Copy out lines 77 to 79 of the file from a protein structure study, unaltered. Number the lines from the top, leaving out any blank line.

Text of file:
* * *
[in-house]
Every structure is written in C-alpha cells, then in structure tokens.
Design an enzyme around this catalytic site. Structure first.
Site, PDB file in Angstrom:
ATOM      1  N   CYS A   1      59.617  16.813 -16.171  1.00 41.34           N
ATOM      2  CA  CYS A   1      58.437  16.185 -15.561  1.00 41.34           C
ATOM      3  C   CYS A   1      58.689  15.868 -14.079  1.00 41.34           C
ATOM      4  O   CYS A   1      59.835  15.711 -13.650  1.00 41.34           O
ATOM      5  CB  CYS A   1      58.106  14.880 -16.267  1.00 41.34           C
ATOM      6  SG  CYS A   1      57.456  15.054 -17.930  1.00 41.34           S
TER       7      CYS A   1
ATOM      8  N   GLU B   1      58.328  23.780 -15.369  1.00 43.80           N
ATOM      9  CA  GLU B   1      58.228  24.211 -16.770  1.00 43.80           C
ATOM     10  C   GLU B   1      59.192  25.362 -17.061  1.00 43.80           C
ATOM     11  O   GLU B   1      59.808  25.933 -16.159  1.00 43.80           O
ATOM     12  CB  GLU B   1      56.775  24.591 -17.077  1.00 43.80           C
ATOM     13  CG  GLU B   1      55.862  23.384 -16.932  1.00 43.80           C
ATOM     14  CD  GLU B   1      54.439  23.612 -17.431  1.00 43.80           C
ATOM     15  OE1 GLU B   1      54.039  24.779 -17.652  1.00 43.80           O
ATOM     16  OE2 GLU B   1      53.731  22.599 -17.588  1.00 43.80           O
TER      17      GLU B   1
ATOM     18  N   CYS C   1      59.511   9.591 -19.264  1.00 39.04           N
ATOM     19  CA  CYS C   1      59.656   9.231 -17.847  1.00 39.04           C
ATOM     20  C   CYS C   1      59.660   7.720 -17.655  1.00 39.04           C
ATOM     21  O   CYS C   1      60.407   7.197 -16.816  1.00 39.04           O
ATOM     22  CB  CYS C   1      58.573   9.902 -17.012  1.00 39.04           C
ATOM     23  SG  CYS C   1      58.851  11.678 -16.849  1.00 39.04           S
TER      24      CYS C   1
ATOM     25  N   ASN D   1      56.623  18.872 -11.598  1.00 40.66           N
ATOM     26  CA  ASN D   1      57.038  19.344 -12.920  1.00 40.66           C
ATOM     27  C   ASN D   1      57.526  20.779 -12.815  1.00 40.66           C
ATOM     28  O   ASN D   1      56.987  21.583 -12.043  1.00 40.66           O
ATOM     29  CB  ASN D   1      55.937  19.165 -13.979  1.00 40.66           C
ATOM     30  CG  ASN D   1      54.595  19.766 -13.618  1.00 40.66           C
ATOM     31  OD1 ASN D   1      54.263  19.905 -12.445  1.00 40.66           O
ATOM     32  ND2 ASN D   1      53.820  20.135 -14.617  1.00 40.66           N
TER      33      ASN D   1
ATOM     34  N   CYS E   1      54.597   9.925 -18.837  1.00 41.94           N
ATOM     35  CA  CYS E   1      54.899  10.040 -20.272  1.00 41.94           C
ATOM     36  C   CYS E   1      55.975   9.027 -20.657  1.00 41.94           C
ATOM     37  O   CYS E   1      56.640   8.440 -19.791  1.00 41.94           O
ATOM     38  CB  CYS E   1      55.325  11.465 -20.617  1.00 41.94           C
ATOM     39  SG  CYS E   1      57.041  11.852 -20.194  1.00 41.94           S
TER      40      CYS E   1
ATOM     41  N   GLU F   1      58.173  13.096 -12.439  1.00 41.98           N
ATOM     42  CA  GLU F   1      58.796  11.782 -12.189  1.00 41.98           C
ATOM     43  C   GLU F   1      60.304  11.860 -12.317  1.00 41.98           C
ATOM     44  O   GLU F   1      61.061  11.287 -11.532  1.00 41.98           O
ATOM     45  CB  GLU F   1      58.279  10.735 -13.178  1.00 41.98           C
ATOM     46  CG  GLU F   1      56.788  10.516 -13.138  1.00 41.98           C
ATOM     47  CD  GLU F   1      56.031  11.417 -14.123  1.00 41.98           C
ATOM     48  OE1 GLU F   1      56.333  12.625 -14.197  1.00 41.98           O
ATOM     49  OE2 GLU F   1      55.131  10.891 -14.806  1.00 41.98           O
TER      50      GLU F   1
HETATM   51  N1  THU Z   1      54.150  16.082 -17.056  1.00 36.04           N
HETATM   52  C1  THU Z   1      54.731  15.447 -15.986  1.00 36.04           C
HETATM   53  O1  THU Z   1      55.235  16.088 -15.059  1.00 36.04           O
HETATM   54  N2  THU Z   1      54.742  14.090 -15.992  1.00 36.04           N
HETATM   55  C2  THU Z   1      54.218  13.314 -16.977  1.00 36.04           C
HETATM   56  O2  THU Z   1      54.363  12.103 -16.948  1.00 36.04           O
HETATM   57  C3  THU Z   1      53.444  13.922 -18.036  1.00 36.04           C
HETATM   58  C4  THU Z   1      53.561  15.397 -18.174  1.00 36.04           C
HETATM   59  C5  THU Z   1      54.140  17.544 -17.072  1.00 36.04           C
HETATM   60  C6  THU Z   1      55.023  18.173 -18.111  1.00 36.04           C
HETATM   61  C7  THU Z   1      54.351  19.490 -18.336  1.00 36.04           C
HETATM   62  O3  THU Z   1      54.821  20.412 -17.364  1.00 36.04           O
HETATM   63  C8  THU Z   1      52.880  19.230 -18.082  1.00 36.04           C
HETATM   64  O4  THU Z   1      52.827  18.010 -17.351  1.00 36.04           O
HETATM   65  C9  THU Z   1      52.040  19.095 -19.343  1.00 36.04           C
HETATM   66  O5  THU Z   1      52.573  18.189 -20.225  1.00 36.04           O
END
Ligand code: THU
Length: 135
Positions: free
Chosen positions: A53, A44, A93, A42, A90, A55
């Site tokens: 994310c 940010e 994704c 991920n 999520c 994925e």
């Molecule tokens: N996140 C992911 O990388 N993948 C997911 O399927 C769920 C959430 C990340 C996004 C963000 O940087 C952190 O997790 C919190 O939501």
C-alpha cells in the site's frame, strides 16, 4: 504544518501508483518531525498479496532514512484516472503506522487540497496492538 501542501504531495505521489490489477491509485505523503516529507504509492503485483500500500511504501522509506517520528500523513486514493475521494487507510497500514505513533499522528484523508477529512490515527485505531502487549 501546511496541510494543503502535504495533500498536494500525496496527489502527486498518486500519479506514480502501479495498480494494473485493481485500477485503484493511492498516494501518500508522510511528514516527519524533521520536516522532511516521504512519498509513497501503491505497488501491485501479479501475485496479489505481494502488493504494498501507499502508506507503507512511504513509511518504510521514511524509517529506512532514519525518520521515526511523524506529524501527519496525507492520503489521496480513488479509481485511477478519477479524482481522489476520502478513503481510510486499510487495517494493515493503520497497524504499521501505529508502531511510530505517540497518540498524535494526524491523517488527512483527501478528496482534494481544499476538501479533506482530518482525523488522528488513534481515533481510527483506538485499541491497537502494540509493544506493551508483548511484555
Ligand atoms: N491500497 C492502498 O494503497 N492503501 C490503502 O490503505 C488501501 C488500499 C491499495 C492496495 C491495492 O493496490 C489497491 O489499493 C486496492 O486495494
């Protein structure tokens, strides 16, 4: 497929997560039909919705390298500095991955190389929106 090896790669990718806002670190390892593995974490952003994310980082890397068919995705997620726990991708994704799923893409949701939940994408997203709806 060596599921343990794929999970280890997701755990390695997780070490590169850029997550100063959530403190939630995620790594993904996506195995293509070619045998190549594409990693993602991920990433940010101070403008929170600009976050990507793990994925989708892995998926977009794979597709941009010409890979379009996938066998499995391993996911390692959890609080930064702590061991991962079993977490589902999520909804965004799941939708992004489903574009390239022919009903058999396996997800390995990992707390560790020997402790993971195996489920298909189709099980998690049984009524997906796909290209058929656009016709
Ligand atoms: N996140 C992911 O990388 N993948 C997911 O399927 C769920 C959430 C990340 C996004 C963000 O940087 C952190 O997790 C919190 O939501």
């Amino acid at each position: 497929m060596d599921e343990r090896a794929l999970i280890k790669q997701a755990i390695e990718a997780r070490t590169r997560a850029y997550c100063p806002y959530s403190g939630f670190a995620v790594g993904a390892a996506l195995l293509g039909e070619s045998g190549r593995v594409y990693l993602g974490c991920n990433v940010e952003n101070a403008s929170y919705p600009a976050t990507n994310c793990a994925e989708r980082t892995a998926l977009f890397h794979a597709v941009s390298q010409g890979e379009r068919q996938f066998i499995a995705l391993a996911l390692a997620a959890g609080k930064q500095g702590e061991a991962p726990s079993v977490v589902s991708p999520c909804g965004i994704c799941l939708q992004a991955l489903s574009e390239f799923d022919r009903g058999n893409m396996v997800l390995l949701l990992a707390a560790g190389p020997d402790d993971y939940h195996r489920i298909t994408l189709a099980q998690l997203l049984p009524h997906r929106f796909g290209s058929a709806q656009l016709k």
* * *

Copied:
């Molecule tokens: N996140 C992911 O990388 N993948 C997911 O399927 C769920 C959430 C990340 C996004 C963000 O940087 C952190 O997790 C919190 O939501």
C-alpha cells in the site's frame, strides 16, 4: 504544518501508483518531525498479496532514512484516472503506522487540497496492538 501542501504531495505521489490489477491509485505523503516529507504509492503485483500500500511504501522509506517520528500523513486514493475521494487507510497500514505513533499522528484523508477529512490515527485505531502487549 501546511496541510494543503502535504495533500498536494500525496496527489502527486498518486500519479506514480502501479495498480494494473485493481485500477485503484493511492498516494501518500508522510511528514516527519524533521520536516522532511516521504512519498509513497501503491505497488501491485501479479501475485496479489505481494502488493504494498501507499502508506507503507512511504513509511518504510521514511524509517529506512532514519525518520521515526511523524506529524501527519496525507492520503489521496480513488479509481485511477478519477479524482481522489476520502478513503481510510486499510487495517494493515493503520497497524504499521501505529508502531511510530505517540497518540498524535494526524491523517488527512483527501478528496482534494481544499476538501479533506482530518482525523488522528488513534481515533481510527483506538485499541491497537502494540509493544506493551508483548511484555
Ligand atoms: N491500497 C492502498 O494503497 N492503501 C490503502 O490503505 C488501501 C488500499 C491499495 C492496495 C491495492 O493496490 C489497491 O489499493 C486496492 O486495494